Condorcet, IIA, monotonicity in RCV IRV
masiarek last edited by
ordered majority rule - Condorcet, IIA, monotonicity-not desirable properties ?!
A Majority Rule Philosophy for Instant Runoff Voting
IRV is the only voting method to satisfy ordered majority rule, which ensures the election of a candidate from the majority coalition while preventing opposition voters from influencing the choice of candidate from the faction they oppose. Ordered majority rule determines the relative social order between any two candidates by counting only ballots from those voters who do not prefer another major candidate, while ignoring all minor candidates.
Ordered majority rule is incompatible with the Condorcet criterion and independence of irrelevant alternatives because Condorcet and IIA demand that the relative social ranking between two candidates should depend on the relative social ranking of these candidates on all ballots. In addition, it is incompatible with monotonicity because monotonicity demands that if supporters of minor candidates have influence over lower ranked candidates, then supporters of major candidates should have equal or greater influence, while IRV does not grant influence over the social ranking of two candidates by voters who prefer a different major candidate. For situations where allowing supporters of a major candidate to have influence over the relative social ranking between other major candidates is deemed inappropriate, compliance with Condorcet, independence of irrelevant alternatives, and monotonicity are not desirable properties of a voting system.
One of the authors is from "FairVote".
The Arrow theorem only applies to ranking systems, but the article states that it applies to all systems.
The article does not mention Frohnmayer balance.
I can't say that I understand what all the verbiage is getting at. Some of it, to a degree, but not all.
It says that ranking ballots don't tell us whether the voters support or oppose a candidate. I suggest rating ballots so we'd know.
@masiarek just from the start, the article claims to do things that it does not do (I bolded parts of curiosity):
“ We show how IRV is the only voting method to satisfy ordered majority rule, for a self-consistently determined distinction between major and minor candidates, and that ordered majority rule is incompatible with the properties of Condorcet compliance, independence of irrelevant alternatives, and monotonicity.”
They most certainly do not show how this is true. They just repeat the claim without proof. I think the document makes a lot of claims without also giving effective demonstrations of them.
Here’s another suspect passage in my opinion, and I can elaborate:
“ The IRV majority rule philosophy
IRV adheres to the philosophy of ordered majority rule. It determines the relative social order between any two candidates by counting only ballots from those voters who do not prefer another "major" candidate, and ignoring all "minor" candidates. Major and minor candidates are self-consistently determined by the social order created by the voting method. For any candidate Y, all candidates below Y in the social order are minor candidates with respect to Y and all other candidates are major candidates with respect to Y. Every candidate, X, placed higher than Y in the social order, beats Y by counting only ballots from voters that do not prefer another major candidate with respect to Y over the higher ranked of X and Y, while ignoring all minor candidates with respect to Y. Candidates X and Y effectively compete in a head-to-head election composed of voters who prefer X or Y to every other major candidate with respect to Y.”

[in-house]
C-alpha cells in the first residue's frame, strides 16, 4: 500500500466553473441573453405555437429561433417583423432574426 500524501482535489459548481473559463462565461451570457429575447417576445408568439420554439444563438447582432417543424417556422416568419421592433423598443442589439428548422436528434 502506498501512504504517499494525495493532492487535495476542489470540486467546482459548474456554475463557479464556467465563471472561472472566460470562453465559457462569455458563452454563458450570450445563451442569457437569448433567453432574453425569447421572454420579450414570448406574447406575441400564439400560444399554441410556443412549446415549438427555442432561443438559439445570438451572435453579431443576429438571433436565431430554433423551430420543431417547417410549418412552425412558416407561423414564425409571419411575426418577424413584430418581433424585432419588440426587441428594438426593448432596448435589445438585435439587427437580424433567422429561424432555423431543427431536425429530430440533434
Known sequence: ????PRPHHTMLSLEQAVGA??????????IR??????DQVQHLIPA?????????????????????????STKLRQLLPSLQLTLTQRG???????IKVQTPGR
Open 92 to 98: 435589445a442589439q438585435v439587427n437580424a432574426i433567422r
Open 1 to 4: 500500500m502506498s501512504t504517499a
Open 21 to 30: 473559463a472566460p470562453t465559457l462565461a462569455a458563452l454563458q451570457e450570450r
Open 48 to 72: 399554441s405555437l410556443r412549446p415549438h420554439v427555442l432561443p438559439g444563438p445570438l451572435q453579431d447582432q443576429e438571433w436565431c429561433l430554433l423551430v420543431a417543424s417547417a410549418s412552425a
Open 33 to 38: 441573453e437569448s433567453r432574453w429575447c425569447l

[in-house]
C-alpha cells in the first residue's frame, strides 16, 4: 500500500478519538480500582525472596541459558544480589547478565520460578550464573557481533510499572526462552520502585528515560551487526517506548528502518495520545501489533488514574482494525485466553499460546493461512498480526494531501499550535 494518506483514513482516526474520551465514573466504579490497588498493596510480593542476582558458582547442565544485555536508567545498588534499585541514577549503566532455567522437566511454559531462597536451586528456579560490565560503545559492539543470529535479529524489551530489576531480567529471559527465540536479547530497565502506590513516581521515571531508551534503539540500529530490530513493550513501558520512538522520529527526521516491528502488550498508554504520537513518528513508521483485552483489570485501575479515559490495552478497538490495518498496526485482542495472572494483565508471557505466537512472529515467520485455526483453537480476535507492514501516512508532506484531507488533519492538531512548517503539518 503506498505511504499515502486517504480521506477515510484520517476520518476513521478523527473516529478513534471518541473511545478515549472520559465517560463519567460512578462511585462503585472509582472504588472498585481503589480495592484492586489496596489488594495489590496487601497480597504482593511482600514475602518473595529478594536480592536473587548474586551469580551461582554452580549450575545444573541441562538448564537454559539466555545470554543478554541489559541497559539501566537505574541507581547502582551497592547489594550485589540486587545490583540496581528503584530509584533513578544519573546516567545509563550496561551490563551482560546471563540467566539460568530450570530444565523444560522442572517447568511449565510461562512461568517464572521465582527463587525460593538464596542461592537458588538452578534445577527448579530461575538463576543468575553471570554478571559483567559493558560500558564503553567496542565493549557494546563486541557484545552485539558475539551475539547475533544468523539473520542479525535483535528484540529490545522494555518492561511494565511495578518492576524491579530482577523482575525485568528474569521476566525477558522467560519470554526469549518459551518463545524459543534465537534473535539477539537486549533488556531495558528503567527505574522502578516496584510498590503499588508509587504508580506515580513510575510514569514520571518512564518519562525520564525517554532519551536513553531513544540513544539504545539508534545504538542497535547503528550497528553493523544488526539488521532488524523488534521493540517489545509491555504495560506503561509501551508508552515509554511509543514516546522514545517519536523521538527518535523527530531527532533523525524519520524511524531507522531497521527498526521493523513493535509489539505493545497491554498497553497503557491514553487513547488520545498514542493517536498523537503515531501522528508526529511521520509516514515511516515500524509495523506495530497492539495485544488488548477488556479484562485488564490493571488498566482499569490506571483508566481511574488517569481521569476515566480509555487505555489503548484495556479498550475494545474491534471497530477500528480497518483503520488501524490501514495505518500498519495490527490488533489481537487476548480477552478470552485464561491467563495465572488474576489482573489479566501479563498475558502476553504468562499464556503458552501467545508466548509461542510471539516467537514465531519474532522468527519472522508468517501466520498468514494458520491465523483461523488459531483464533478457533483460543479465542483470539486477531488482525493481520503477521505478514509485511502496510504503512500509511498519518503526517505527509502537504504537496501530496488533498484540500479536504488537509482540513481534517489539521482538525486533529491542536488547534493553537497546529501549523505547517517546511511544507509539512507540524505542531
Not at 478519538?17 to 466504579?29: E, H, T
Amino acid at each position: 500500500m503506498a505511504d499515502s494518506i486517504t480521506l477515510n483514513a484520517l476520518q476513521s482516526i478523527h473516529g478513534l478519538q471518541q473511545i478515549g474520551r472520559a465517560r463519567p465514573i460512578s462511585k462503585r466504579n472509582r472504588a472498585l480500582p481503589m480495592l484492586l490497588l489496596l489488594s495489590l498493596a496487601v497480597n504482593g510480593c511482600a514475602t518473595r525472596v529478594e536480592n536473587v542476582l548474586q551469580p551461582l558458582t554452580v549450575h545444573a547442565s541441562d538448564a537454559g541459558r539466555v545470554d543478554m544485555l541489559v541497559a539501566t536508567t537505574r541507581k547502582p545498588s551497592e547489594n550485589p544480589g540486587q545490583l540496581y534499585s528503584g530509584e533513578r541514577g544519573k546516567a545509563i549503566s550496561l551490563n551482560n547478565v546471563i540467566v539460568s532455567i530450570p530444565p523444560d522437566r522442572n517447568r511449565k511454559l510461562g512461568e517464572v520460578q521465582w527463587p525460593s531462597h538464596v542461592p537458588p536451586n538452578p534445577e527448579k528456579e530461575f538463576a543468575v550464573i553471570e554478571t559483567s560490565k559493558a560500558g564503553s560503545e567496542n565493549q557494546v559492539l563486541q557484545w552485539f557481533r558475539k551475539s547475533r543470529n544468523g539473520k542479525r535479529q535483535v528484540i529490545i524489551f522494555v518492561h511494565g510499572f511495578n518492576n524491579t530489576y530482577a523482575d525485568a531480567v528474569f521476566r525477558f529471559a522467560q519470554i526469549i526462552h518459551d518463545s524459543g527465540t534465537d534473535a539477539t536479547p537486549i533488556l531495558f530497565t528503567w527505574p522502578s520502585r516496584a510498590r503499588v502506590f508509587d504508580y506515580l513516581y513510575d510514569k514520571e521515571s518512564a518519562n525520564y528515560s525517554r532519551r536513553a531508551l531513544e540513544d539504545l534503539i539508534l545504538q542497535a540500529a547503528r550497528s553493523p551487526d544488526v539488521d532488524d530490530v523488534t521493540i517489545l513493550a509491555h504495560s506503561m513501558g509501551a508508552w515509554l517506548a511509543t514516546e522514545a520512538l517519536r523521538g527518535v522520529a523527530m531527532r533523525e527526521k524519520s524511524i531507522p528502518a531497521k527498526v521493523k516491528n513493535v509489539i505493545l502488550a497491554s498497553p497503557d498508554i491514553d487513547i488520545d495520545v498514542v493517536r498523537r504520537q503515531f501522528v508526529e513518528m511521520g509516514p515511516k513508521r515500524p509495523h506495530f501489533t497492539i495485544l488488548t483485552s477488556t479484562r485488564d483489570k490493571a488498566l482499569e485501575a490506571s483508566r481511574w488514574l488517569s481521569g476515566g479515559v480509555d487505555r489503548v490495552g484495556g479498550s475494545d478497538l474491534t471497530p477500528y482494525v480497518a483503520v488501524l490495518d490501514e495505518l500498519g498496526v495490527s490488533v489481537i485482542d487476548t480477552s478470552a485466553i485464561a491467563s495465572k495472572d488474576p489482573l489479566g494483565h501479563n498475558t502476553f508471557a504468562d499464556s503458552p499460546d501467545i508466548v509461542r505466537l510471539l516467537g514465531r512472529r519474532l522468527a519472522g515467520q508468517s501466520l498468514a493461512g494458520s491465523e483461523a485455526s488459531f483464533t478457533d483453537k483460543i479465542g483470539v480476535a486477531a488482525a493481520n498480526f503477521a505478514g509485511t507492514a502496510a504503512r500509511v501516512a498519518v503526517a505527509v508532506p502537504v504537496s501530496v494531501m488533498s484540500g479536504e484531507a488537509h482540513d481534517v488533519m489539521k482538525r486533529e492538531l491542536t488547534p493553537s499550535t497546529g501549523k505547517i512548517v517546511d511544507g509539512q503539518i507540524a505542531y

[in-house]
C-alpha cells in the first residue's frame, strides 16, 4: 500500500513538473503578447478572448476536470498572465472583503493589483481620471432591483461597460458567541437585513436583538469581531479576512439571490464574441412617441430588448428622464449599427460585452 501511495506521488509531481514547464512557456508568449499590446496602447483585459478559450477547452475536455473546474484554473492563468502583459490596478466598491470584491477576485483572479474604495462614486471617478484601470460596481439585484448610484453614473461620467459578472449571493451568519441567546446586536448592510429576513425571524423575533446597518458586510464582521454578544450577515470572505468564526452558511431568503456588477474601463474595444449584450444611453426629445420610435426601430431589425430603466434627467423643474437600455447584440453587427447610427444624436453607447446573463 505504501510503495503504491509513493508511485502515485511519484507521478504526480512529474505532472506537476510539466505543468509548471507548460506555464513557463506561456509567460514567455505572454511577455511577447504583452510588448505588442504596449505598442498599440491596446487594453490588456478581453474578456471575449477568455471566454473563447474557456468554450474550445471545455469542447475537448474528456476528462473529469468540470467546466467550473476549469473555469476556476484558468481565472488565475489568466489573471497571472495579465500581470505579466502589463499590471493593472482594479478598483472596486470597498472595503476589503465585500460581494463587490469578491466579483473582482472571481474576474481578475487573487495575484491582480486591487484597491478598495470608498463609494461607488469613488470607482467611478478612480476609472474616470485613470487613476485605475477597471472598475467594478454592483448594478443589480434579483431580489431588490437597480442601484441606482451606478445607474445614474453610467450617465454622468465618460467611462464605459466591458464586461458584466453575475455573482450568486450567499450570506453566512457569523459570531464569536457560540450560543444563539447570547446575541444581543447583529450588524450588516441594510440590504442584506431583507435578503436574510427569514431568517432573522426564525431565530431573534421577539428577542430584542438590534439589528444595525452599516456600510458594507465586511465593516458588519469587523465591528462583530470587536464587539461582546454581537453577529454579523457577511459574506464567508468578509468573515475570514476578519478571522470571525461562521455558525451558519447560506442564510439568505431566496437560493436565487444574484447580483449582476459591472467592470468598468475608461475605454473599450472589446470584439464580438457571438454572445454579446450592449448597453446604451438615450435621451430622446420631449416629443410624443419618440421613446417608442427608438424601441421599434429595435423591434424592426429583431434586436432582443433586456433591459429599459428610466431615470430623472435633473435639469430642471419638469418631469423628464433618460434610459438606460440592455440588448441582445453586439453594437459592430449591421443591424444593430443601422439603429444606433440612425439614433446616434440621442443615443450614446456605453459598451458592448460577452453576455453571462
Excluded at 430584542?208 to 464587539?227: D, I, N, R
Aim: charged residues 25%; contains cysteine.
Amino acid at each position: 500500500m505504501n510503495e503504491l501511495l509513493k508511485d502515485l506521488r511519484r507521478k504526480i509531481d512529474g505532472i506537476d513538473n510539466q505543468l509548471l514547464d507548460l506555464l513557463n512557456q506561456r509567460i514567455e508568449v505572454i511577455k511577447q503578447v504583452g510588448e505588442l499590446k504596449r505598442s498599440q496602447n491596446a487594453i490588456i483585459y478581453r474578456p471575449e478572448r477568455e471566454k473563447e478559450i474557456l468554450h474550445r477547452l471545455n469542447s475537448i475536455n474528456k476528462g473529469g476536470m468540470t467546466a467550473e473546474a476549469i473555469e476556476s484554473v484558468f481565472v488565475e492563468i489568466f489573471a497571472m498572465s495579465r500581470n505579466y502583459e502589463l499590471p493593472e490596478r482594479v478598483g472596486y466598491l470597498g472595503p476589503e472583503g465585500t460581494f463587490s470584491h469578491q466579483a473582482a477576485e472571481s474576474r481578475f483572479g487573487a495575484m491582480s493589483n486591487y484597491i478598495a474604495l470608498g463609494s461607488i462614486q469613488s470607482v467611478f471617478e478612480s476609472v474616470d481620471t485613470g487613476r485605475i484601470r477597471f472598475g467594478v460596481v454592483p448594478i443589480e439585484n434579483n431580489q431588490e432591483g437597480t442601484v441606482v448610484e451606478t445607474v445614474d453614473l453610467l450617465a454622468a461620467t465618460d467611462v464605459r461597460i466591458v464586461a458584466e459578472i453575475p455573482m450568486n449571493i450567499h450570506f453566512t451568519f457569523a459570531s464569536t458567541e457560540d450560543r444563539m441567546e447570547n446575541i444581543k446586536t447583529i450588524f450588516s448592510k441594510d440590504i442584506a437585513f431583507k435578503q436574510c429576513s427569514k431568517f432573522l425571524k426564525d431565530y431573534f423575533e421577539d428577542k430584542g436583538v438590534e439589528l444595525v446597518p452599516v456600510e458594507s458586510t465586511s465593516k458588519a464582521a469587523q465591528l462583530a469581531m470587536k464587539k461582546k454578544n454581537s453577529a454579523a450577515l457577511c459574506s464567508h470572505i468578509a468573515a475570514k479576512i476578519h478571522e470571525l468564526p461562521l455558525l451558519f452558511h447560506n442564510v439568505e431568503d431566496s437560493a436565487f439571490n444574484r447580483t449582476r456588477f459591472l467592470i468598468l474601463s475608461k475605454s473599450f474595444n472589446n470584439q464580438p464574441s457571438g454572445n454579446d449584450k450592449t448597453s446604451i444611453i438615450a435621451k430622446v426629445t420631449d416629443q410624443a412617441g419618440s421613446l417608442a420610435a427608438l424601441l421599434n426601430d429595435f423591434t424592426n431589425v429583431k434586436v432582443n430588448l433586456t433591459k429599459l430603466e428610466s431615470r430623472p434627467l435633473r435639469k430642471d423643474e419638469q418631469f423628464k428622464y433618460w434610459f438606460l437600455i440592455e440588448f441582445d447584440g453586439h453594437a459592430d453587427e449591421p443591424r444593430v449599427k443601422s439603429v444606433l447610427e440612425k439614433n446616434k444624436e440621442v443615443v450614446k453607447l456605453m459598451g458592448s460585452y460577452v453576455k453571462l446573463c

Ok, so (1) there is no proof of the claim that IRV is the only voting system to satisfy their property. And (2) their property has not even been fully defined outside of the context of IRV.
Finally, (3) how can it be that the social ordering is determined by the “major-minor” ordering, whereas the “major-minor” ordering is determined by the social ordering? That’s patently circular logic. Clarity is missing, as is ease of reading.
If you can find appropriate responses to these issues I have, I’d definitely like to see them too.
IRV is the only voting method to satisfy ordered majority rule, which ensures the election of a candidate from the majority coalition while preventing opposition voters from influencing the choice of candidate from the faction they oppose.
I'm not sure that this is even a good thing. If there are two candidates who might win - A and B - why should only people who like A and B get any say in who is elected? Someone might dislike them both, but still much prefer one to the other. I see this as a bad criterion.
Also, I haven't read the paper so don't know how they technically define that criterion, but it doesn't pass it as it's worded in English. Say we have:
35: A>B>Everyone else
33: B>A>Everyone else
32: Everyone else>B>A
Under IRV, B will win this election. That doesn't pass "majority rule, which ensures the election of a candidate from the majority coalition while preventing opposition voters from influencing the choice of candidate from the faction they oppose."